2.2    The 3 Enquiry Panel members have been given authority by the Institute to determine whether or not a breach of the Code of Conduct has occurred.

2.3    Every effort will be made to find a date that is convenient for both the complainant and the subject of the complaint. However, if one party does not attend they can send written evidence in their place. If both parties do not attend they can both send written evidence to be considered by the Enquiry Panel.

2.4   Once the date of the Enquiry Panel has been confirmed, both the complainant and the subject of the complaint will be asked to submit all written evidence 21 days in advance of the Enquiry Panel session. This will ensure that the Enquiry Panel members are given a week to review all submitted written evidence. They can then revert back to the Chief Operating Officer to ask for any missing evidence. The Chief Operating Officer will then revert back to the complainant and/or the subject of the complaint and ask them to submit any missing evidence. This then needs to be submitted 7 days in advance of the Enquiry Panel session to ensure all parties have enough time to review it.

2.5   After the Enquiry Panel has heard from both parties they will convene to make their decision. The decision will be either that the subject of the complaint has breached the BIID Code of Conduct or not.  Every effort will be made to inform both parties of the decision of the Enquiry Panel within 1 working day.

2.6  If the Enquiry Panel decide that a breach has occurred, they will recommend to the BIID Council of Directors one of the following options:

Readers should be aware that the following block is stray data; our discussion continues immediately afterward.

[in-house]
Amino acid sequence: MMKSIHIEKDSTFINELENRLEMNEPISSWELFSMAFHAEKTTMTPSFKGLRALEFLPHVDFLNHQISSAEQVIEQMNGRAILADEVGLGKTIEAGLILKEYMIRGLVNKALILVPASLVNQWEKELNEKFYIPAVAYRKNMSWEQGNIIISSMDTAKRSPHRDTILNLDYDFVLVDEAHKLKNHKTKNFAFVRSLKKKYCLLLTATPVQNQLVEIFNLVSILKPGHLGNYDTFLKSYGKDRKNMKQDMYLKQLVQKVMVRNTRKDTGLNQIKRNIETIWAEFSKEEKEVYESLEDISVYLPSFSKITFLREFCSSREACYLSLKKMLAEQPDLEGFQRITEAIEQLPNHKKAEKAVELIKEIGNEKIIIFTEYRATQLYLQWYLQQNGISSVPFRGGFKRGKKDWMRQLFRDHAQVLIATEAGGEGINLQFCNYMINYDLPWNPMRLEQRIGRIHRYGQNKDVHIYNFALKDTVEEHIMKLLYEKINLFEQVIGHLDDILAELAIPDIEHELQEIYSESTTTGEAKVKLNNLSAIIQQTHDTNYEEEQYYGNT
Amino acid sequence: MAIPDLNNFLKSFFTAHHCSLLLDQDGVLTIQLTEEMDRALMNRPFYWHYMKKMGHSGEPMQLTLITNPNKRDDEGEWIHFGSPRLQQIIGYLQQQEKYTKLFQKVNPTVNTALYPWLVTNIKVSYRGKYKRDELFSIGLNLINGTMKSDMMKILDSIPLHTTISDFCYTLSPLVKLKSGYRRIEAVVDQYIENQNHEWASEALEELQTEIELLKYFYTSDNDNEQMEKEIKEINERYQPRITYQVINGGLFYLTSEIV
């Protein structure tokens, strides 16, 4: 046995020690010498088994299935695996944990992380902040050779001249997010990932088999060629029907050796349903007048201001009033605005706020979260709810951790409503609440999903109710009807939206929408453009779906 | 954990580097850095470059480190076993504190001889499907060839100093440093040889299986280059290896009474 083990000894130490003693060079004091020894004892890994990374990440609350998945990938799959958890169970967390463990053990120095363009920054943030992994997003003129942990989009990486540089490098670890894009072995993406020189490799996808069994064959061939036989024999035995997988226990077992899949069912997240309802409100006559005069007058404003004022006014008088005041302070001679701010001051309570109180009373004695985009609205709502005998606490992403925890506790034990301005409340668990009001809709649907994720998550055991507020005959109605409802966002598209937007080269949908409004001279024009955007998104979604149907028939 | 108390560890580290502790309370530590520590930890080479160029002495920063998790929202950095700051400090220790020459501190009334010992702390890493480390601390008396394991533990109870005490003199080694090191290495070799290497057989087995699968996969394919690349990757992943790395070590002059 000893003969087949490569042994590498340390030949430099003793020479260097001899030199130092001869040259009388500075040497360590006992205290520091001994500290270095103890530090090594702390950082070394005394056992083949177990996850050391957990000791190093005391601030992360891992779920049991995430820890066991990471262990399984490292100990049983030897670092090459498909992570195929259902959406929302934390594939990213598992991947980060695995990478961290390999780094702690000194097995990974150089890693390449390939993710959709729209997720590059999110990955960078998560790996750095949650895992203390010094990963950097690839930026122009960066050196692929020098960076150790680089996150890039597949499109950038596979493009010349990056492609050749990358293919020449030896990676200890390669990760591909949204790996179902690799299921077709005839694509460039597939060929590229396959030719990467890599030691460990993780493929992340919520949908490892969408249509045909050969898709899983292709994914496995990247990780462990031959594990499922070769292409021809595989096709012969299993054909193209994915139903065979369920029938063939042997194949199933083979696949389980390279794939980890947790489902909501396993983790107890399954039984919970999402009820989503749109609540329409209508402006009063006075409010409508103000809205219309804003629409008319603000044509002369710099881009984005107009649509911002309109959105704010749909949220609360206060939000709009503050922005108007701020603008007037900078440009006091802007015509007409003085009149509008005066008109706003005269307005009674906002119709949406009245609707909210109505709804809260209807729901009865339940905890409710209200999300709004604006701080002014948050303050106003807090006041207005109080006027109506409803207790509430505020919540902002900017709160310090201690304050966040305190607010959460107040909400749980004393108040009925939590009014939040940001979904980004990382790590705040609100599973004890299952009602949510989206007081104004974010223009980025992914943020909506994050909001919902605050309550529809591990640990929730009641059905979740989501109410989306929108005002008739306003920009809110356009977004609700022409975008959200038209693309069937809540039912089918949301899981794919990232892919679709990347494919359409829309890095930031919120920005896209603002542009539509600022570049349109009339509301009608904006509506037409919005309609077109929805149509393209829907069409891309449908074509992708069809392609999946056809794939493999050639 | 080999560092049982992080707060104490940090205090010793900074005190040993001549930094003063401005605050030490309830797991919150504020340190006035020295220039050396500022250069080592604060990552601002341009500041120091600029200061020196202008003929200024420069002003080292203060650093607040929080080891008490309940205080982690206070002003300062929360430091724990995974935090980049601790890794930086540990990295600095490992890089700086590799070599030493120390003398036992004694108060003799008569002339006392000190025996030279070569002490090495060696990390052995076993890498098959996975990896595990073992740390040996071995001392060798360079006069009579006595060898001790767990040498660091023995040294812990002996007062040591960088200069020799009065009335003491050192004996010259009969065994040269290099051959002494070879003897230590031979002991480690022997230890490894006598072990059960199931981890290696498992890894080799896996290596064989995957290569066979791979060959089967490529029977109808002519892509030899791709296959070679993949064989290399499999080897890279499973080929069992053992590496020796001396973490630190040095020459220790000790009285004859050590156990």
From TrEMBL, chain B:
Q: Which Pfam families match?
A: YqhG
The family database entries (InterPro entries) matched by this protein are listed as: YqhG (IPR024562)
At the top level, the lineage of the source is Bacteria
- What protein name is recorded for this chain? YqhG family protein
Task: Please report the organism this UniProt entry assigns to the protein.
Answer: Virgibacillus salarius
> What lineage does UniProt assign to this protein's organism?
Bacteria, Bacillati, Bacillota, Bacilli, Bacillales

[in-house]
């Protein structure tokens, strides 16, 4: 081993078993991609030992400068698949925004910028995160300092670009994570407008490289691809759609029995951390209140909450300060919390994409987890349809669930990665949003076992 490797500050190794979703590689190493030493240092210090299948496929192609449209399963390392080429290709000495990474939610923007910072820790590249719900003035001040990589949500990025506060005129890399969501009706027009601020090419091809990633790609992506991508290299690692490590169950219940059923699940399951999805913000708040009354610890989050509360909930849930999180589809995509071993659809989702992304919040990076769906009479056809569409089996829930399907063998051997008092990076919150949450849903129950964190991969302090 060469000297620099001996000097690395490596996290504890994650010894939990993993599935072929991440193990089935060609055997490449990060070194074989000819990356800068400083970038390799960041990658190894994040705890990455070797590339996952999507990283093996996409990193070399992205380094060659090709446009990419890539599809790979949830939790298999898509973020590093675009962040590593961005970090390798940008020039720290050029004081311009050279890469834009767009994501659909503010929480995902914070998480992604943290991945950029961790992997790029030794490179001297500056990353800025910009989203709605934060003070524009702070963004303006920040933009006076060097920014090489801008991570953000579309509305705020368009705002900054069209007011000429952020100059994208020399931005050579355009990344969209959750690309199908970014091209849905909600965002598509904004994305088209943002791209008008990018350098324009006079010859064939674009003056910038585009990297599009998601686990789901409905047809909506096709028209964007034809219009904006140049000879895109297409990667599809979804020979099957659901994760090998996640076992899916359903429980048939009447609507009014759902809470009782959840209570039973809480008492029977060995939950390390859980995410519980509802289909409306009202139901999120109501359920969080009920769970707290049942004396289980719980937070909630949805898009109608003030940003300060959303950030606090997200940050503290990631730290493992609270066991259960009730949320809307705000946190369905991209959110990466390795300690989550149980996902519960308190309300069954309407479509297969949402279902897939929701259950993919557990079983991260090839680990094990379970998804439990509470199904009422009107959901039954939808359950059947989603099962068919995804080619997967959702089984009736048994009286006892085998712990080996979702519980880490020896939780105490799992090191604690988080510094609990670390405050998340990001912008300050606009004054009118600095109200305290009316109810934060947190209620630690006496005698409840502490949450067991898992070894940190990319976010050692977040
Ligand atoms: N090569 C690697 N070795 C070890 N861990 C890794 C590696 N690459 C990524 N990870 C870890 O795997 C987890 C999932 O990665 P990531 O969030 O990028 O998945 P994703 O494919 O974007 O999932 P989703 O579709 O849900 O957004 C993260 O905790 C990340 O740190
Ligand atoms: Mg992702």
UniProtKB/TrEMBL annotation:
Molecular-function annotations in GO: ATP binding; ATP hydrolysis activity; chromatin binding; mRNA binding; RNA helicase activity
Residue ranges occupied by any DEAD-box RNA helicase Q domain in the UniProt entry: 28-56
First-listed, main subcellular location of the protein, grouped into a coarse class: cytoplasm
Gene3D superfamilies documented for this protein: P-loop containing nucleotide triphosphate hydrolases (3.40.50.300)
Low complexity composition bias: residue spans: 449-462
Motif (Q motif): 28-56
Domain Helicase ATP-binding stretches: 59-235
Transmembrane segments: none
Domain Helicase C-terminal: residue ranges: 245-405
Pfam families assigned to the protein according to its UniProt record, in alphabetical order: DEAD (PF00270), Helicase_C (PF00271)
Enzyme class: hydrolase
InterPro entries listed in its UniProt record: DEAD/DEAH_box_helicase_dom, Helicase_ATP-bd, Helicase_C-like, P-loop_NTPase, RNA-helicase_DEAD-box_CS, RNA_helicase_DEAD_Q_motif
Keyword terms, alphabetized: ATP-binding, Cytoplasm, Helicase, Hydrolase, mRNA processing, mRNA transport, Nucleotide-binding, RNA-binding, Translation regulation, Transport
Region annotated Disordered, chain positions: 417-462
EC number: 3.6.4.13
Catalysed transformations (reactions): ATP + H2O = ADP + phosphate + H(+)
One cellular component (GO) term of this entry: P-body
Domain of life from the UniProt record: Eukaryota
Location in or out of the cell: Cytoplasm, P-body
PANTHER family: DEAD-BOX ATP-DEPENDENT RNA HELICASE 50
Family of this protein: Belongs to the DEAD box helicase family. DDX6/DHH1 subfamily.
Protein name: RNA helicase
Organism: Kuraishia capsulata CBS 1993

a)    a formal reprimand

b)    continuation of membership on condition that the member undertakes a prescribed amount of mentoring/studying for a set period of time

c)    suspension of membership for set period of time, within which the member is expected to undertake a prescribed amount of mentoring/studying. Upon satisfactory completion of this mentoring/studying, membership will be reinstated.

d)    being removed from membership permanently.

2.7  After being informed of the decision, the complainant or subject of the complaint may wish to appeal. They can only do so on grounds of new evidence or manifest injustice of the decision.

Publication of the decision

3.1  If the subject of the complaint is found not liable, details of the complaint will not be shared with anyone else at the Institute. However, a summary of the judgement, with all identifying details redacted, may be published for educational purposes.

3.2  If the subject of the complaint is found liable, a summary of the judgement may be published. In either case, any notes of the Enquiry Panel proceedings made by Enquiry Panel members or the Chief Operating Officer will be for BIID records only and will not be shared with either party.

Appealing a decision

4.1  In the case of an appeal, the BIID Council of Directors will nominate an appropriate external body to hear the appeal.

(BIID Complaints Procedure, v1.3, last updated: June 2018)